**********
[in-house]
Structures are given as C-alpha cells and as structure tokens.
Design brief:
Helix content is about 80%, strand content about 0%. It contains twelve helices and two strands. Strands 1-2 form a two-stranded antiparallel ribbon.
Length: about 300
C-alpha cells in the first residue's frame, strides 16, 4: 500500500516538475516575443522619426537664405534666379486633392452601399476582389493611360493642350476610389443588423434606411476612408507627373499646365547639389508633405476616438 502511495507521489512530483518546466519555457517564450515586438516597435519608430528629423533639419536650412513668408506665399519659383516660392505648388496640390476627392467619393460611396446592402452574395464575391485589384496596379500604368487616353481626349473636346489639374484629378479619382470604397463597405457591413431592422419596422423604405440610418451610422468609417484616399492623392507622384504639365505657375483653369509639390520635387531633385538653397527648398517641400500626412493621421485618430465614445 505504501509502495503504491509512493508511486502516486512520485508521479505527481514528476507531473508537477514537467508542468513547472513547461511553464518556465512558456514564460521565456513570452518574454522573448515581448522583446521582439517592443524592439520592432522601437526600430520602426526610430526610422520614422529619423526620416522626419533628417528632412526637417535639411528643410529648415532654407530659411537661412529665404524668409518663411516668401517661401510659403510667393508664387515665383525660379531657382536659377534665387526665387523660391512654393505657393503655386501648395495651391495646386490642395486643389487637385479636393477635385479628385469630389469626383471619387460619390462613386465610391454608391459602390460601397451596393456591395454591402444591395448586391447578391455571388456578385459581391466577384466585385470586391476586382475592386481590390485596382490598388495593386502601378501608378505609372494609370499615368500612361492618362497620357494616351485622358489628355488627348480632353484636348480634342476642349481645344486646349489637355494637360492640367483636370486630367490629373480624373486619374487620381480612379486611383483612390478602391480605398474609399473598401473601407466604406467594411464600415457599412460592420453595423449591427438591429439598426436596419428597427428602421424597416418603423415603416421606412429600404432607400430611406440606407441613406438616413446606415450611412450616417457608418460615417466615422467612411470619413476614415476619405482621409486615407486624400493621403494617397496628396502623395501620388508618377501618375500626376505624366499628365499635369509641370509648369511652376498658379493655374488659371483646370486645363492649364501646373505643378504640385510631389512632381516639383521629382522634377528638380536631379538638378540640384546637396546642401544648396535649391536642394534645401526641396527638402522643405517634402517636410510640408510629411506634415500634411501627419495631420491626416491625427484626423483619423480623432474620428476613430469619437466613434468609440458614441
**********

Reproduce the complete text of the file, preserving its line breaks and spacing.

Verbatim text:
[in-house]
Structures are given as C-alpha cells and as structure tokens.
Design brief:
Helix content is about 80%, strand content about 0%. It contains twelve helices and two strands. Strands 1-2 form a two-stranded antiparallel ribbon.
Length: about 300
C-alpha cells in the first residue's frame, strides 16, 4: 500500500516538475516575443522619426537664405534666379486633392452601399476582389493611360493642350476610389443588423434606411476612408507627373499646365547639389508633405476616438 502511495507521489512530483518546466519555457517564450515586438516597435519608430528629423533639419536650412513668408506665399519659383516660392505648388496640390476627392467619393460611396446592402452574395464575391485589384496596379500604368487616353481626349473636346489639374484629378479619382470604397463597405457591413431592422419596422423604405440610418451610422468609417484616399492623392507622384504639365505657375483653369509639390520635387531633385538653397527648398517641400500626412493621421485618430465614445 505504501509502495503504491509512493508511486502516486512520485508521479505527481514528476507531473508537477514537467508542468513547472513547461511553464518556465512558456514564460521565456513570452518574454522573448515581448522583446521582439517592443524592439520592432522601437526600430520602426526610430526610422520614422529619423526620416522626419533628417528632412526637417535639411528643410529648415532654407530659411537661412529665404524668409518663411516668401517661401510659403510667393508664387515665383525660379531657382536659377534665387526665387523660391512654393505657393503655386501648395495651391495646386490642395486643389487637385479636393477635385479628385469630389469626383471619387460619390462613386465610391454608391459602390460601397451596393456591395454591402444591395448586391447578391455571388456578385459581391466577384466585385470586391476586382475592386481590390485596382490598388495593386502601378501608378505609372494609370499615368500612361492618362497620357494616351485622358489628355488627348480632353484636348480634342476642349481645344486646349489637355494637360492640367483636370486630367490629373480624373486619374487620381480612379486611383483612390478602391480605398474609399473598401473601407466604406467594411464600415457599412460592420453595423449591427438591429439598426436596419428597427428602421424597416418603423415603416421606412429600404432607400430611406440606407441613406438616413446606415450611412450616417457608418460615417466615422467612411470619413476614415476619405482621409486615407486624400493621403494617397496628396502623395501620388508618377501618375500626376505624366499628365499635369509641370509648369511652376498658379493655374488659371483646370486645363492649364501646373505643378504640385510631389512632381516639383521629382522634377528638380536631379538638378540640384546637396546642401544648396535649391536642394534645401526641396527638402522643405517634402517636410510640408510629411506634415500634411501627419495631420491626416491625427484626423483619423480623432474620428476613430469619437466613434468609440458614441